About the Book
World View and Theory in Indian Philosophy explores the complex and rarely investigated relation between world views upheld by Indian philosophers and philosophical theories they developed. What was the actual background (social, cultural, religious, linguistic, etc.) of world views and philosophical concepts in ancient and classical India? How did world views influence philosophical theories developed in ancient and mediaeval South Asia? Is it at all possible to draw a distinction between a philosophical theory and a world view in Indian context?
These are by no means trivial questions, and the insight gained through their analysis in the context of Indian culture can also contribute to our better understanding of philosophical enquiry in other cultural contexts where philosophy was cultivated.
A number of world renowned scholars have contributed to this volume, exploring major philosophical schools such as Buddhism, Jainism, Anviksiki, Nyaya, vaisesika, Mimamsa, Vedanta, Sankhya, Yoga, materialist as well as legal schools of thought. The reader will find illuminating insights into how Indian philosophers viewed the foundations of reason, how they rationalised emotions and comprehended their role, how they understood the concepts of the individual or self vis-a-vis impersonal ism and where roots of Indian epistemology and logic may lie, among other matters in this timely volume.
Piotr Balcerowicz is professor of philosophy and South Asian studies at the University of Warsaw, also specialises in intercultural relations, conflict management and contemporary history of Asia. An author of about 90 publications and editor of several volumes on Indian philosophy, religion and culture, is also a founder of an NGO Education for Peace which brings development aid to countries of Asia and Africa.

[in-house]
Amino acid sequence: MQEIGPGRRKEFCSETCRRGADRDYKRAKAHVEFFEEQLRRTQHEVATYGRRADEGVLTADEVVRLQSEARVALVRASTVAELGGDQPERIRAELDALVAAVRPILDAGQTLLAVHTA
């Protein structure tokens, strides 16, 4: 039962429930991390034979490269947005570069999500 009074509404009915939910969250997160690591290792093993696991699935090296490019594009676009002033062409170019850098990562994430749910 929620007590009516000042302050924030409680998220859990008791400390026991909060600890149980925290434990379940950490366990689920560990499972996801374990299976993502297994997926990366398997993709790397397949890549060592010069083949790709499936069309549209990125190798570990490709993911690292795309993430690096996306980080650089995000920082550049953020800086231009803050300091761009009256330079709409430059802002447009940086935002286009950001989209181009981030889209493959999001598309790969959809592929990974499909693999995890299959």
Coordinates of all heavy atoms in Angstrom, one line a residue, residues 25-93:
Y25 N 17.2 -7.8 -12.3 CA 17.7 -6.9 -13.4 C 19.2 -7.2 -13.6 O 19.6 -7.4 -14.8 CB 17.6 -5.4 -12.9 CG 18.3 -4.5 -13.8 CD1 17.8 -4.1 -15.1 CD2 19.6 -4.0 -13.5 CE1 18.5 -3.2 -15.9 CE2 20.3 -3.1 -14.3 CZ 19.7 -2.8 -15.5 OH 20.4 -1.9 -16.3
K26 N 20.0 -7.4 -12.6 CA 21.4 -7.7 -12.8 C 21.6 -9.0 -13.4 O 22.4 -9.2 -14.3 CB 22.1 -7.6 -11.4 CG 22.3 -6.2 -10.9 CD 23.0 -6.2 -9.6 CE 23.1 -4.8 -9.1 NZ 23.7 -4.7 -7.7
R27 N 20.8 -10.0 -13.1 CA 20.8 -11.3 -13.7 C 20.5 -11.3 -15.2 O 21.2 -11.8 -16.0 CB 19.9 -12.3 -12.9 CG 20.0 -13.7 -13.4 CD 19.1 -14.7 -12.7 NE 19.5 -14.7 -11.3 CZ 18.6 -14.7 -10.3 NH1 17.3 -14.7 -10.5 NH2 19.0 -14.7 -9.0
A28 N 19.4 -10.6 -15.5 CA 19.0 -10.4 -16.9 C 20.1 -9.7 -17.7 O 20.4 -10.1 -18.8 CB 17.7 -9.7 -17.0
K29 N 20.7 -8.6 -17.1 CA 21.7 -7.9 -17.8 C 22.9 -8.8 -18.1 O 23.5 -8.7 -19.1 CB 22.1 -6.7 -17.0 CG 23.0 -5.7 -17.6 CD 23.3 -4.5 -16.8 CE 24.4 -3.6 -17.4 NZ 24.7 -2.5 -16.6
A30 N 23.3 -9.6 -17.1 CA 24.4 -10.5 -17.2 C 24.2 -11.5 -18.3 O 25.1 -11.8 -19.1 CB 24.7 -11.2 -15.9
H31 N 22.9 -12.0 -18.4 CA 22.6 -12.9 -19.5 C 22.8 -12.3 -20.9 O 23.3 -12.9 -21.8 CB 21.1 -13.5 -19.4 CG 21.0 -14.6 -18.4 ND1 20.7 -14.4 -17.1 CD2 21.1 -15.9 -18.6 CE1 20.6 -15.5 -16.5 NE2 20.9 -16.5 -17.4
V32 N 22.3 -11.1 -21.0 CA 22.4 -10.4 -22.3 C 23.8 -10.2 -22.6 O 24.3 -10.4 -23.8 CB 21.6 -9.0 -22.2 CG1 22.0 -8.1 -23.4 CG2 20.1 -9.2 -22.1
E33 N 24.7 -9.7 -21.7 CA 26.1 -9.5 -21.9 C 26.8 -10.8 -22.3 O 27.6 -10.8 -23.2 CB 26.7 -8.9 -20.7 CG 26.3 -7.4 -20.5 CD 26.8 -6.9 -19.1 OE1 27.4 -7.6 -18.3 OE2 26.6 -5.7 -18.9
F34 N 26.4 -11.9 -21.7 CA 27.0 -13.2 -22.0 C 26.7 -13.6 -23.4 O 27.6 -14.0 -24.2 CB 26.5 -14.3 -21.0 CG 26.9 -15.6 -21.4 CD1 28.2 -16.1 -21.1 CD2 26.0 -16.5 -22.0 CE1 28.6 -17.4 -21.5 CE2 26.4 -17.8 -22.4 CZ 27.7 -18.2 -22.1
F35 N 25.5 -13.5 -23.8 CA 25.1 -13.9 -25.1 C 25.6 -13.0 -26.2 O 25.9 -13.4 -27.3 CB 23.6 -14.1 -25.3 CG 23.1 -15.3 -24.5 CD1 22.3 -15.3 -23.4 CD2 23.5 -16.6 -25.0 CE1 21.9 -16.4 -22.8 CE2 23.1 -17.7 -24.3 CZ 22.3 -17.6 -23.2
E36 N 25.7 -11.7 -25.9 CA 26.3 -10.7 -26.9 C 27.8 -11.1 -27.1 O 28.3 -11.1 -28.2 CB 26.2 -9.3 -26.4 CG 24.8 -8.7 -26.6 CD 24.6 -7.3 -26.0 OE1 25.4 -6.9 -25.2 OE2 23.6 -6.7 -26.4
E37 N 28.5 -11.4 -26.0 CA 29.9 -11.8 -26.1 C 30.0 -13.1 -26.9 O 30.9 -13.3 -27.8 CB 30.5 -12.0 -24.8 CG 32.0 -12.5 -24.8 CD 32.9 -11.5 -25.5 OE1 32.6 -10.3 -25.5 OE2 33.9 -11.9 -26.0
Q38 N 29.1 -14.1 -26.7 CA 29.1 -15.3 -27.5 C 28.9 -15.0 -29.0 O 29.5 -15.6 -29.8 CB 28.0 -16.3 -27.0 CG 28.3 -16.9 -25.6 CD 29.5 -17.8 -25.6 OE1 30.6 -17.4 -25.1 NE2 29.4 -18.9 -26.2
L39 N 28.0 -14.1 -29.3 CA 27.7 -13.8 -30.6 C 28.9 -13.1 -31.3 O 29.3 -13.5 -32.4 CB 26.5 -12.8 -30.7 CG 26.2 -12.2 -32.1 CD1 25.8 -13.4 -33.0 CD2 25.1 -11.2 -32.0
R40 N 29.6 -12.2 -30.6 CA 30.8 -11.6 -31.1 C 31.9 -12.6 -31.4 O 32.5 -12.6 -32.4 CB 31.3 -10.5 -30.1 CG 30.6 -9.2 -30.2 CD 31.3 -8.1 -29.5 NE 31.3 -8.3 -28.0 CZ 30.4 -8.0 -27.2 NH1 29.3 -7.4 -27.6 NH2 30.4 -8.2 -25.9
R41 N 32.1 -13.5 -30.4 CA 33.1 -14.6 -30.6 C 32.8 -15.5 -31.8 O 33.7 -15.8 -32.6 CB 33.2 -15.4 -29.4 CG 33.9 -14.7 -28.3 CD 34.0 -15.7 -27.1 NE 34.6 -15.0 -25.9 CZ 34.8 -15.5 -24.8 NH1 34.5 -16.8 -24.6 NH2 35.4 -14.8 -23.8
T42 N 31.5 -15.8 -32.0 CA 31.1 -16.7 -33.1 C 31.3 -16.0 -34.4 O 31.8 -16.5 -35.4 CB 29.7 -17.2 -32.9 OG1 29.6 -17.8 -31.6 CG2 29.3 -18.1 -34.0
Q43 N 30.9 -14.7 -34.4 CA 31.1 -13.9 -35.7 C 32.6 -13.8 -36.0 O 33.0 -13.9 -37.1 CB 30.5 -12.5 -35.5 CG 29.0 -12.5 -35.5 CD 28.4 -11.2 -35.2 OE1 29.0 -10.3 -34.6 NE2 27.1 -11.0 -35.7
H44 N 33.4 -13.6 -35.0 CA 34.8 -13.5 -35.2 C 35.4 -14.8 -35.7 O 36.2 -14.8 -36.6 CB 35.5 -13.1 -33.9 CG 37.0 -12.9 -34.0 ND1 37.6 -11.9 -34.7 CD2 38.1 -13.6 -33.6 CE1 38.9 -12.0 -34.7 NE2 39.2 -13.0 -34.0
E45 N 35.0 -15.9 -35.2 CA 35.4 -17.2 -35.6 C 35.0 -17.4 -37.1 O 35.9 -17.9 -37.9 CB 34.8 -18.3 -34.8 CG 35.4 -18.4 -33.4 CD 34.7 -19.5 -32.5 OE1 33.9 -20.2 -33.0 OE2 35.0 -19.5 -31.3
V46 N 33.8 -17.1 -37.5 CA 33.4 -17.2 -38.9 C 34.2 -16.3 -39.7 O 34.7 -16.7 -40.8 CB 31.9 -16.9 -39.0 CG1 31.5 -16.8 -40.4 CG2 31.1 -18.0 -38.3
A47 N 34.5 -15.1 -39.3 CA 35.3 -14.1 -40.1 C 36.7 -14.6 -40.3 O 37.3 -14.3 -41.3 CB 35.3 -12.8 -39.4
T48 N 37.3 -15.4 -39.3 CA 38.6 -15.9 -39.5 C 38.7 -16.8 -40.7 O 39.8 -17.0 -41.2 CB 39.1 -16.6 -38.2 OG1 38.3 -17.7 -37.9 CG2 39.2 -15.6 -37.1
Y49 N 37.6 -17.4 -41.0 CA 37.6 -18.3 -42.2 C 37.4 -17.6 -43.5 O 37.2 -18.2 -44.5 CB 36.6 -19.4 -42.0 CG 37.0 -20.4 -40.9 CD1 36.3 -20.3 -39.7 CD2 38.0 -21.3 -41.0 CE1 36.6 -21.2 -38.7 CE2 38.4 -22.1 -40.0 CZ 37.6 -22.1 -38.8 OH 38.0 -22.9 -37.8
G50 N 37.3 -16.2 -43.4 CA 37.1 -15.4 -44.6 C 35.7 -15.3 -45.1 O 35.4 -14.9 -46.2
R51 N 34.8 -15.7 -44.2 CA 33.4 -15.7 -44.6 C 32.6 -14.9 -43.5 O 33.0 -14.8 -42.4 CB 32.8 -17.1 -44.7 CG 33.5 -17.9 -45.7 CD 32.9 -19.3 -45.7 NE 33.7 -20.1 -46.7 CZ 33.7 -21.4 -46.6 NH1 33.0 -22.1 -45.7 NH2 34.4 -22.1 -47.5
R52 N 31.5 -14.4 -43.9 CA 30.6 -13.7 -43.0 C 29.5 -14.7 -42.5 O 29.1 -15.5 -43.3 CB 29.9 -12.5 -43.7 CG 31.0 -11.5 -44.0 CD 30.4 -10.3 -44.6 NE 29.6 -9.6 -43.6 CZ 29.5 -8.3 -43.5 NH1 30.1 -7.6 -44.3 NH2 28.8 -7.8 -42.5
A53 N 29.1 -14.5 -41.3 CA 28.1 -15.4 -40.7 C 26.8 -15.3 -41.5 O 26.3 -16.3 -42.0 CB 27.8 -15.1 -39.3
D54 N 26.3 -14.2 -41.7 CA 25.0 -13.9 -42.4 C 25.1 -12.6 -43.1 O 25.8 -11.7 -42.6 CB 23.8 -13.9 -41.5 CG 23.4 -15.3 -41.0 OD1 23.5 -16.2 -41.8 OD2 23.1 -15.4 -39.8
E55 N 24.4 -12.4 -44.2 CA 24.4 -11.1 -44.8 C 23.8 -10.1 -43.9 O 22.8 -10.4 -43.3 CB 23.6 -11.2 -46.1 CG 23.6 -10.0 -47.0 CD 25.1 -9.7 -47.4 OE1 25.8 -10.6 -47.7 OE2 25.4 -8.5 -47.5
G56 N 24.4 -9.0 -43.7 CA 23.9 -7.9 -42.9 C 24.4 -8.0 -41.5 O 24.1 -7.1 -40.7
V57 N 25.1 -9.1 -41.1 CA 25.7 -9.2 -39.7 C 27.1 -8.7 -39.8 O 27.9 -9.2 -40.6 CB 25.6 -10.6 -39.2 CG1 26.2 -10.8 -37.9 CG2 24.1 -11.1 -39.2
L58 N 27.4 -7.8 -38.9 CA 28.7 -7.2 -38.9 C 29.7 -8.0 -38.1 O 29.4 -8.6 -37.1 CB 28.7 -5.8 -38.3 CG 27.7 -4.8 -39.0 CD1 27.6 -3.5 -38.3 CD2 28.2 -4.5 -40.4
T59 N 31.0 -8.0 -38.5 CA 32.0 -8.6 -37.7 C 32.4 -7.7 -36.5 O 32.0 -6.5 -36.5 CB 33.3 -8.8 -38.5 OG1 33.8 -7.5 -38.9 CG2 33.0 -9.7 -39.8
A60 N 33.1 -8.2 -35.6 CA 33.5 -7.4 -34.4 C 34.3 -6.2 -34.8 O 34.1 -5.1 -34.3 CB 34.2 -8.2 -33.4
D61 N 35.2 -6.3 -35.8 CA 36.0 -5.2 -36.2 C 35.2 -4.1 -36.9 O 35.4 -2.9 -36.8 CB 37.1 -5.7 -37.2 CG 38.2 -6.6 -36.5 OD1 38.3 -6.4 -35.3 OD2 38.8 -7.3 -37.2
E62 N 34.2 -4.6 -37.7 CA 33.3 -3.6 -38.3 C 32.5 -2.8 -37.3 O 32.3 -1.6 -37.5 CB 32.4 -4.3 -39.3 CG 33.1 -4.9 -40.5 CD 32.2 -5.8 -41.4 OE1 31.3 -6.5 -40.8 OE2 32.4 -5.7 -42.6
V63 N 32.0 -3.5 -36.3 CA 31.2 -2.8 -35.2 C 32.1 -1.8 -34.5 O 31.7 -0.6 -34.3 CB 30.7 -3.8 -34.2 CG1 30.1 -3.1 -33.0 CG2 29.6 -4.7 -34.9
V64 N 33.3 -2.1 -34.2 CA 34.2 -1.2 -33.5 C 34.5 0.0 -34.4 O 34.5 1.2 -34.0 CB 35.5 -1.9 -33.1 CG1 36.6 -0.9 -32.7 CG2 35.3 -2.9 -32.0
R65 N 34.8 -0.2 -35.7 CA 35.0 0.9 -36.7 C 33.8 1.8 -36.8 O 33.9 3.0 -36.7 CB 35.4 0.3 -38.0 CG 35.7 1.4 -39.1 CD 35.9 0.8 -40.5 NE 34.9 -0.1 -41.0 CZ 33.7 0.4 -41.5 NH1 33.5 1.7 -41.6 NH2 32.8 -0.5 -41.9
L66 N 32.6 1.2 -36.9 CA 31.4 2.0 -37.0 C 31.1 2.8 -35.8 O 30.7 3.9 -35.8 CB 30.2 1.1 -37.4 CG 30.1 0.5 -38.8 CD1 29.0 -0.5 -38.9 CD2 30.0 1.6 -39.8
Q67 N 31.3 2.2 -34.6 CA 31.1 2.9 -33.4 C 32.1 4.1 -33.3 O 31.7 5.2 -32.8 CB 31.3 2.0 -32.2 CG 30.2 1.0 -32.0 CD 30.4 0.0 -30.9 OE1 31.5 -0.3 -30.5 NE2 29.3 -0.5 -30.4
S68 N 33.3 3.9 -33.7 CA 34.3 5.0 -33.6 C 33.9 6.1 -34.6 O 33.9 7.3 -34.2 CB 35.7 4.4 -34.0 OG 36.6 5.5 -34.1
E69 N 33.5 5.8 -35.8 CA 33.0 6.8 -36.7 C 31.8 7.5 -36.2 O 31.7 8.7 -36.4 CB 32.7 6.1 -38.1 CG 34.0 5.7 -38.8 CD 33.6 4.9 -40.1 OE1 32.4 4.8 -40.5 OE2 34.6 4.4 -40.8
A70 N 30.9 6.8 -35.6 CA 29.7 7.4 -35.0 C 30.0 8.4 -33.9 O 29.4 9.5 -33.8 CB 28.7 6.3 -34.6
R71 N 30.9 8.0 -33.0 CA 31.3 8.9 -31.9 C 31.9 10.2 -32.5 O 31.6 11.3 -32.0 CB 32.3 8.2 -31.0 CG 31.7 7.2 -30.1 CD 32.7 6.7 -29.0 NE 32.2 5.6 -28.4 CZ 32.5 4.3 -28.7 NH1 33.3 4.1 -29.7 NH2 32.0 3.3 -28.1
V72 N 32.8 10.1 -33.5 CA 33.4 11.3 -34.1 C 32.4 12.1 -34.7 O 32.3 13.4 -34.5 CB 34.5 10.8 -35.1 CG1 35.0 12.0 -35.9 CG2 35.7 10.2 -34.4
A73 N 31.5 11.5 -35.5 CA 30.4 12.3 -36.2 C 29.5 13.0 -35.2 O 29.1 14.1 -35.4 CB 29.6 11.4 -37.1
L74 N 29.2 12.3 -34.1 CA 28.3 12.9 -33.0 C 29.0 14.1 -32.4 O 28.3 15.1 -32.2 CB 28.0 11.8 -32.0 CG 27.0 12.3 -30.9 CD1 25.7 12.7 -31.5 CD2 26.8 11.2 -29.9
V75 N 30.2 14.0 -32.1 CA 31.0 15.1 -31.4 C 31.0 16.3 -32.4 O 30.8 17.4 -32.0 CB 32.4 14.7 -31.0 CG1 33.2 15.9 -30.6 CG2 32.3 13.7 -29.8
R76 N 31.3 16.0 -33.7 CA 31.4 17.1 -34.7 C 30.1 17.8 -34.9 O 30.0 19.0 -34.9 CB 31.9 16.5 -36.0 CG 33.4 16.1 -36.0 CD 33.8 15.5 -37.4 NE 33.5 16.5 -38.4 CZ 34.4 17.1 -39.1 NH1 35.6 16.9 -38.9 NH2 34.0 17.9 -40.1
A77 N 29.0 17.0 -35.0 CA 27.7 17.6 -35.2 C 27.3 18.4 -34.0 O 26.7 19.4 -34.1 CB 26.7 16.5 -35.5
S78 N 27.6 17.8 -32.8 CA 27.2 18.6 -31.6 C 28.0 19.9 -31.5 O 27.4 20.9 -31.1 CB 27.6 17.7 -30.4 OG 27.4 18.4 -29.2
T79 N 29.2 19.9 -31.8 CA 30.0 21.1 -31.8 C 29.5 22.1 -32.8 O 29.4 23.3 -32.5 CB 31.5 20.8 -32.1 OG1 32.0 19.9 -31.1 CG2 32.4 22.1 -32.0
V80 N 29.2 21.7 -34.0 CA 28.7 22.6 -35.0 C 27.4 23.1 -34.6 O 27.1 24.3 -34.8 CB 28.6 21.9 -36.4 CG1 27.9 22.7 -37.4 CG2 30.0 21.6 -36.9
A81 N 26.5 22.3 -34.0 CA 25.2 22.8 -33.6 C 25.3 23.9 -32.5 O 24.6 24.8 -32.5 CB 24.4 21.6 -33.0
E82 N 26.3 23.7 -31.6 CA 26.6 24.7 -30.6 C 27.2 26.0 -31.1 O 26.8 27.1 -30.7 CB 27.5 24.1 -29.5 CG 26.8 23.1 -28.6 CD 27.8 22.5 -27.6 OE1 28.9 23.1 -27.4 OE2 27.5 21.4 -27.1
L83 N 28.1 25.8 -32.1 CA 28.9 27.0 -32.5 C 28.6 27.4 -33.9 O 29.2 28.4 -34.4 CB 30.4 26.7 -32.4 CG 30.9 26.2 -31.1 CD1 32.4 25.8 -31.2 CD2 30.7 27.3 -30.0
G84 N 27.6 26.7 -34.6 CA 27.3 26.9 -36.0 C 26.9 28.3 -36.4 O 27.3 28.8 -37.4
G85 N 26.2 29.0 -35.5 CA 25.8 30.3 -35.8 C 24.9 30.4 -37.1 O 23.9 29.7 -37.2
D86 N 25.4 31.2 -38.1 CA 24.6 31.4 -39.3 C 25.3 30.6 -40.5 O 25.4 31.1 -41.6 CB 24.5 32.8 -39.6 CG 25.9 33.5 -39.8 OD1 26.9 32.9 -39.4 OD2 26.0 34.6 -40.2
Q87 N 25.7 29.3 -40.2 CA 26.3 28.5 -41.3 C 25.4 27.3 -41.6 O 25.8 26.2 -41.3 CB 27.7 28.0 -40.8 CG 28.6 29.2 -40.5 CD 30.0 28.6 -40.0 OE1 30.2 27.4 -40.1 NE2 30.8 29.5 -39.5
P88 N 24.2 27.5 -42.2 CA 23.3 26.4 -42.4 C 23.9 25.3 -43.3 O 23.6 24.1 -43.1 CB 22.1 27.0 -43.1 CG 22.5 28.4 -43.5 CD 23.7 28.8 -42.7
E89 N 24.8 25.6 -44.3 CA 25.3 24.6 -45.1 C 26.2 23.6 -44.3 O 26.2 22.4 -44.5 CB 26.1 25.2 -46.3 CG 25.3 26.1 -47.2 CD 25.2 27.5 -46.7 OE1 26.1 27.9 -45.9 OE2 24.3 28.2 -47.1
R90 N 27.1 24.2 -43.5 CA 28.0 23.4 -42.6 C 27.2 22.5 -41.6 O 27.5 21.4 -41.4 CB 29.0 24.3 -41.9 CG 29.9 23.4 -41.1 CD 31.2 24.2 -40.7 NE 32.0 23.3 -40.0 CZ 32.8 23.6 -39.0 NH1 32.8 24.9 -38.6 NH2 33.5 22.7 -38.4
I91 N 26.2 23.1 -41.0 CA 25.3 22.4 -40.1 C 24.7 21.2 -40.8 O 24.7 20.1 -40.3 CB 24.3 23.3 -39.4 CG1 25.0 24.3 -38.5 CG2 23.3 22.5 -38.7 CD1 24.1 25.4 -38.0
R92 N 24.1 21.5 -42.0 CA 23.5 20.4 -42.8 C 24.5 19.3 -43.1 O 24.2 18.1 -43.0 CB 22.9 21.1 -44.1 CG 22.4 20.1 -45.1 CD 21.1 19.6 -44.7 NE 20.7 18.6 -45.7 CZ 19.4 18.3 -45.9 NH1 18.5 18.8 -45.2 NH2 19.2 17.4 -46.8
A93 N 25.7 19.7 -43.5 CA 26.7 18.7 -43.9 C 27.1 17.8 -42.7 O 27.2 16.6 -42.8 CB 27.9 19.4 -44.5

How can we know that our brain (consisting apparently of cool and moist tissue) allegedly is neither an organ providing control over actions of our bodies nor responsible for our mental processes, including information processing, thinking and rationality, but an organ meant solely to cool hot blood heated up in our hearts? As Aristotle argues, 'Since everything needs its opposite [to counterbalance it], so that it preserves its moderation and the mean (for it is in the mean, not in either of the extremes, that true essence and rationality lies), nature has developed the brain to counterbalance the region of the heart along-side the heat contained in it. .. ' (On the Parts of Animals 652b). Such a conclusion was not merely driven by a lack of adequate understanding of physical structure and functions of living organisms in Ancient Greece and Aristotle's general presupposition that everything needs its opposite to counterbalance it, which provided a theoretical scheme for his endeavour to describe the workings of human body and its anatomy. In fact, his conclusion, which seems so counterintuitive from the viewpoint of modem science, which allocates the site of all mental processes precisely in the brain, was influenced by a dualistic world view which juxtaposed inert matter, e.g. bodies (including celestial bodies) and souls, as the singular conscious agents that trigger all motion in the universe, expressed by the Stagirite just a few lines before the above reasoning: 'Indeed, nutrition and causing motion of the body are the functions of the soul' (On the Parts of Animals 652b). Ergo they cannot belong to the body and its brain. Rationality and source of motion had therefore to lie outside of the body, composed of inanimate matter, and such a world view consequently left no room for even a faint possibility that the brain could perform any operations and tasks which are nowadays associated with it.